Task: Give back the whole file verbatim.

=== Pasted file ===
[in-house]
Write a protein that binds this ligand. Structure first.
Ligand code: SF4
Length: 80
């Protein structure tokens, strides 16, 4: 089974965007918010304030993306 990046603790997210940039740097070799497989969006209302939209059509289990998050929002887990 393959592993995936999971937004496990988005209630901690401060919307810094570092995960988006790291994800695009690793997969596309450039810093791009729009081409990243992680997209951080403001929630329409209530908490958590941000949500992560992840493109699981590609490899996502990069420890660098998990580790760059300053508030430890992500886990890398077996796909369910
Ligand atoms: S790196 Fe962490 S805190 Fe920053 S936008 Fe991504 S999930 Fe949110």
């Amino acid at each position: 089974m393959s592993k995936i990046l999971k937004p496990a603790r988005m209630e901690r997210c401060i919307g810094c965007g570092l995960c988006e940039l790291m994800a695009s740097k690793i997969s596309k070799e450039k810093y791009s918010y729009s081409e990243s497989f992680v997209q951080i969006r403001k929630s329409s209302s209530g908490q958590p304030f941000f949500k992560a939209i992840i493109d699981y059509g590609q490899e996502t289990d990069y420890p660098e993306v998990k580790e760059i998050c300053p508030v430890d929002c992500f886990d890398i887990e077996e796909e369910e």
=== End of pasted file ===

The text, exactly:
[in-house]
Write a protein that binds this ligand. Structure first.
Ligand code: SF4
Length: 80
């Protein structure tokens, strides 16, 4: 089974965007918010304030993306 990046603790997210940039740097070799497989969006209302939209059509289990998050929002887990 393959592993995936999971937004496990988005209630901690401060919307810094570092995960988006790291994800695009690793997969596309450039810093791009729009081409990243992680997209951080403001929630329409209530908490958590941000949500992560992840493109699981590609490899996502990069420890660098998990580790760059300053508030430890992500886990890398077996796909369910
Ligand atoms: S790196 Fe962490 S805190 Fe920053 S936008 Fe991504 S999930 Fe949110």
């Amino acid at each position: 089974m393959s592993k995936i990046l999971k937004p496990a603790r988005m209630e901690r997210c401060i919307g810094c965007g570092l995960c988006e940039l790291m994800a695009s740097k690793i997969s596309k070799e450039k810093y791009s918010y729009s081409e990243s497989f992680v997209q951080i969006r403001k929630s329409s209302s209530g908490q958590p304030f941000f949500k992560a939209i992840i493109d699981y059509g590609q490899e996502t289990d990069y420890p660098e993306v998990k580790e760059i998050c300053p508030v430890d929002c992500f886990d890398i887990e077996e796909e369910e």